Frustrated by legislative inaction, the federal judge who found Minnesota's sex offender program unconstitutional threatened a “more forceful solution” if state leaders fail to implement immediate reforms, reports the Minneapolis Star Tribune. In a harshly worded order, Judge Donovan Frank of St. Paul called on the state to correct systemic problems with the Minnesota Sex Offender Program (MSOP), which locks up about 720 sex offenders who have completed their prison terms but are deemed unsafe for public release. Frank gave the state until Sept. 21 to file proposals, and scheduled a hearing for Sept. 30. While Frank did not say he would order the release of sex offenders, his order suggested that events could force him to take dramatic action to protect the constitutional rights of those being held at two secure treatment centers.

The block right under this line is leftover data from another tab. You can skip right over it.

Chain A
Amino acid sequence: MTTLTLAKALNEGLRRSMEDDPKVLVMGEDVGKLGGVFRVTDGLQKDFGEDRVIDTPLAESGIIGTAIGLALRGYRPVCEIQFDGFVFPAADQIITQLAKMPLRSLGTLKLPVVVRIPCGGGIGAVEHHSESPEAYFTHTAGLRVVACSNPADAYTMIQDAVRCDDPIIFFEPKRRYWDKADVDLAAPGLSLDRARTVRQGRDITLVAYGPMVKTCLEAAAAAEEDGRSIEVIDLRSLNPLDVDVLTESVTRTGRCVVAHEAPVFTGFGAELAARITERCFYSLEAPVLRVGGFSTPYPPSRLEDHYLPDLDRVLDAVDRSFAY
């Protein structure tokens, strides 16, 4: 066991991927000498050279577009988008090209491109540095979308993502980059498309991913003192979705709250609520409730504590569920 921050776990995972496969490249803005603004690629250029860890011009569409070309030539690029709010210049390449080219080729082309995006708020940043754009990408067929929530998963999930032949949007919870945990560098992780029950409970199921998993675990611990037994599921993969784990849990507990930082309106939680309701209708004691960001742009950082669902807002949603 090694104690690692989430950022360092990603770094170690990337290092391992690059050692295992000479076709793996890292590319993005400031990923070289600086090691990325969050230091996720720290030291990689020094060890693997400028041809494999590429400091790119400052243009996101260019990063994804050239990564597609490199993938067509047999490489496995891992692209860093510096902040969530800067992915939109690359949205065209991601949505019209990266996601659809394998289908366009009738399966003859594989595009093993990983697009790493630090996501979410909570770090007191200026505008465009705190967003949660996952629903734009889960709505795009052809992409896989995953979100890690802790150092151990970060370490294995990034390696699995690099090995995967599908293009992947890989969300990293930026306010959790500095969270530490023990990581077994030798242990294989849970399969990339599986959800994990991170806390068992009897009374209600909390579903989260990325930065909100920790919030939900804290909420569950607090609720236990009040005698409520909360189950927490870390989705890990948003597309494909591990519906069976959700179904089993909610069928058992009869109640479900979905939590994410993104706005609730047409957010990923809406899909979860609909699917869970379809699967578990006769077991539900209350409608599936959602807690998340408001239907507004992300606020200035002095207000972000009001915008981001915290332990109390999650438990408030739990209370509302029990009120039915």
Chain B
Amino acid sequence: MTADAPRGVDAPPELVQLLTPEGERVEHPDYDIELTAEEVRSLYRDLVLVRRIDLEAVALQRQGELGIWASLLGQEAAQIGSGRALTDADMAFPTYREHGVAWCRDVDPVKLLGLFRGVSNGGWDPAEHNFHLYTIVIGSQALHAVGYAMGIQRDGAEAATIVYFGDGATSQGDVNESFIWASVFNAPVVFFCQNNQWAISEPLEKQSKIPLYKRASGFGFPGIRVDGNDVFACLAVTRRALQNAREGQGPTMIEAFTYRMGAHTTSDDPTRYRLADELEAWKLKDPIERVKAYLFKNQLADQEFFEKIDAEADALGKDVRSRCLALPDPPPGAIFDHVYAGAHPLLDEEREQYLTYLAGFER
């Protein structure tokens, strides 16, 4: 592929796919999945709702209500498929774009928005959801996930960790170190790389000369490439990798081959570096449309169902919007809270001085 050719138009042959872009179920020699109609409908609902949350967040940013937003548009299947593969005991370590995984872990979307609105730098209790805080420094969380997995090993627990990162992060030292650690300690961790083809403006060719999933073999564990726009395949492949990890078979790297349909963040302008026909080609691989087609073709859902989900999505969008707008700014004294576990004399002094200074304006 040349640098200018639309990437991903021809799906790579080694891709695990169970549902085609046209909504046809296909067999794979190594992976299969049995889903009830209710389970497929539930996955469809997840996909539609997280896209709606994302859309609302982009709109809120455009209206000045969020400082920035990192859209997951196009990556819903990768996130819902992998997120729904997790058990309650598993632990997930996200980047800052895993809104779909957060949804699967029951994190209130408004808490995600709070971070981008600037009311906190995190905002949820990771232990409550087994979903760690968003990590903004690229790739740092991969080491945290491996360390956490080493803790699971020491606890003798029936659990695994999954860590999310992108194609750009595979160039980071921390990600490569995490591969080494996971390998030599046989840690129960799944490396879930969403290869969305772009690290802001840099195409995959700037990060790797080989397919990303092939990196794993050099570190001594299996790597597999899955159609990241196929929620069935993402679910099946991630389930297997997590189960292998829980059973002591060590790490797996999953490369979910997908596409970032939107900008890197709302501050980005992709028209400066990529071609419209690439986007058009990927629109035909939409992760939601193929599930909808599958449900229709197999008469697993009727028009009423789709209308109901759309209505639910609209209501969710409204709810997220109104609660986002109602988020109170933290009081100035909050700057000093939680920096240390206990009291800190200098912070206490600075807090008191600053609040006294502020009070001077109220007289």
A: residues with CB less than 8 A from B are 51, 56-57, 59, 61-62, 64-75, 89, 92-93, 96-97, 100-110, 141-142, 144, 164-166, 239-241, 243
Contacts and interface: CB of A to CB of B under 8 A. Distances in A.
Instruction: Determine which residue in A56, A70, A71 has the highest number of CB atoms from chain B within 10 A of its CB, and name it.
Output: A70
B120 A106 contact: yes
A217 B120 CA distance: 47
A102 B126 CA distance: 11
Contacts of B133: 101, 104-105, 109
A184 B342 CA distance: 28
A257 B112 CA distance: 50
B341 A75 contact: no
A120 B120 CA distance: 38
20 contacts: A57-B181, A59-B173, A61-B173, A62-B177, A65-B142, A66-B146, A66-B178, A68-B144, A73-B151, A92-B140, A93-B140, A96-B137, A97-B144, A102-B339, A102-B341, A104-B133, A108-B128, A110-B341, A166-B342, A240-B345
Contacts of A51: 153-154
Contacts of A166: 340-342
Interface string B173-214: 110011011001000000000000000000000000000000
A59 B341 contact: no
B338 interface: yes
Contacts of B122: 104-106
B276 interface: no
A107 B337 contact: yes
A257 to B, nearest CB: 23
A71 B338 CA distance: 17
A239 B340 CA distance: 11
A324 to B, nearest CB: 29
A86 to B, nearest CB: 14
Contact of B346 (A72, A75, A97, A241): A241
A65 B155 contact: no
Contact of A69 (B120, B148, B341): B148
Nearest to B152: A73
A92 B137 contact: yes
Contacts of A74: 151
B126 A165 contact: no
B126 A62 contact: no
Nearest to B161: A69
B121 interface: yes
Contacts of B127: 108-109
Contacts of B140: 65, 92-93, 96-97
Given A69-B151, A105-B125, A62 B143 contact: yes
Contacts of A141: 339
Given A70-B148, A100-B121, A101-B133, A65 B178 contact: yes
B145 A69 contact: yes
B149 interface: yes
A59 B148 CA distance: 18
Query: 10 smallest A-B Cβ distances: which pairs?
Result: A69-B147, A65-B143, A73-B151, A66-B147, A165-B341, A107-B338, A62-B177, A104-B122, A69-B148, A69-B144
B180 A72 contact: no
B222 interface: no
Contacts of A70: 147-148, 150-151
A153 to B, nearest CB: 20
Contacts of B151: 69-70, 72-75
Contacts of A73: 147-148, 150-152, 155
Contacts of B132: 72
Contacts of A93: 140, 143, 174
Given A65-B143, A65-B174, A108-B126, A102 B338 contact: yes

Critics have said the system amounts to unconstitutional indefinite detention. “Any delay by the state to prepare for the inevitable relief to be imposed by the court in light of the previously determined constitutional violations would only increase the risk to public safety,” Frank wrote. The order comes just days after he summoned Gov. Mark Dayton and more than a dozen legislators and other public officials for a closed-door meeting to attempt to reach a consensus on ways to bring the program up to constitutional standards. The meeting was a failure: Although Dayton made several proposals, most of the legislators brought few ideas and they departed several hours later without agreeing on a course of action.